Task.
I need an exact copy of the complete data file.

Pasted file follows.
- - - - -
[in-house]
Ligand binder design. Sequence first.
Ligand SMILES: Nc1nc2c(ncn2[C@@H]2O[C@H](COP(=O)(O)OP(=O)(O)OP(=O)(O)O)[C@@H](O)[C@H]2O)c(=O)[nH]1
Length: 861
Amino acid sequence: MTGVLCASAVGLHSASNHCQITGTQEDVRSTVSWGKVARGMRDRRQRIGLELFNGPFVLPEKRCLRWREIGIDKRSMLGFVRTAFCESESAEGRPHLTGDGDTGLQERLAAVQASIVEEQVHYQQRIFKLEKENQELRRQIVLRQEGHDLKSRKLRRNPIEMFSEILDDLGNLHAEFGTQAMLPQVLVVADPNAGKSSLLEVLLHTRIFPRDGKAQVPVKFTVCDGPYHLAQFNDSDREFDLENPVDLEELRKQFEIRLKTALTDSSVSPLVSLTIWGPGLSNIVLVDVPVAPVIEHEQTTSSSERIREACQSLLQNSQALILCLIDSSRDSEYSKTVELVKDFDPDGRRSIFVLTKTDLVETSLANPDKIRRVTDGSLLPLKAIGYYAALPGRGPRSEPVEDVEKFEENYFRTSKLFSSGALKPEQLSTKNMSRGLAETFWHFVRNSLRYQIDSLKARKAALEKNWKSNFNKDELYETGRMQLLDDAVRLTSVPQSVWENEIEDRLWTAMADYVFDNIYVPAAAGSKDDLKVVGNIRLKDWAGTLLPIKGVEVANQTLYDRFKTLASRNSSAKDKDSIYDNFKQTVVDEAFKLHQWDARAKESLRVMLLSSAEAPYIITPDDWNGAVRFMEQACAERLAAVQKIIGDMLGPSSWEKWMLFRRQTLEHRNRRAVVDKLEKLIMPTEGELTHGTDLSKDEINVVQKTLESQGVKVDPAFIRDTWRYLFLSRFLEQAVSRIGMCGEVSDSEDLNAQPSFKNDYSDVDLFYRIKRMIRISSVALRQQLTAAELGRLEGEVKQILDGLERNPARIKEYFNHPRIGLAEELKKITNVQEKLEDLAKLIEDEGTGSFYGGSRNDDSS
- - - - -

[in-house]
Ligand binder design. Sequence first.
Ligand SMILES: Nc1nc2c(ncn2[C@@H]2O[C@H](COP(=O)(O)OP(=O)(O)OP(=O)(O)O)[C@@H](O)[C@H]2O)c(=O)[nH]1
Length: 861
Amino acid sequence: MTGVLCASAVGLHSASNHCQITGTQEDVRSTVSWGKVARGMRDRRQRIGLELFNGPFVLPEKRCLRWREIGIDKRSMLGFVRTAFCESESAEGRPHLTGDGDTGLQERLAAVQASIVEEQVHYQQRIFKLEKENQELRRQIVLRQEGHDLKSRKLRRNPIEMFSEILDDLGNLHAEFGTQAMLPQVLVVADPNAGKSSLLEVLLHTRIFPRDGKAQVPVKFTVCDGPYHLAQFNDSDREFDLENPVDLEELRKQFEIRLKTALTDSSVSPLVSLTIWGPGLSNIVLVDVPVAPVIEHEQTTSSSERIREACQSLLQNSQALILCLIDSSRDSEYSKTVELVKDFDPDGRRSIFVLTKTDLVETSLANPDKIRRVTDGSLLPLKAIGYYAALPGRGPRSEPVEDVEKFEENYFRTSKLFSSGALKPEQLSTKNMSRGLAETFWHFVRNSLRYQIDSLKARKAALEKNWKSNFNKDELYETGRMQLLDDAVRLTSVPQSVWENEIEDRLWTAMADYVFDNIYVPAAAGSKDDLKVVGNIRLKDWAGTLLPIKGVEVANQTLYDRFKTLASRNSSAKDKDSIYDNFKQTVVDEAFKLHQWDARAKESLRVMLLSSAEAPYIITPDDWNGAVRFMEQACAERLAAVQKIIGDMLGPSSWEKWMLFRRQTLEHRNRRAVVDKLEKLIMPTEGELTHGTDLSKDEINVVQKTLESQGVKVDPAFIRDTWRYLFLSRFLEQAVSRIGMCGEVSDSEDLNAQPSFKNDYSDVDLFYRIKRMIRISSVALRQQLTAAELGRLEGEVKQILDGLERNPARIKEYFNHPRIGLAEELKKITNVQEKLEDLAKLIEDEGTGSFYGGSRNDDSS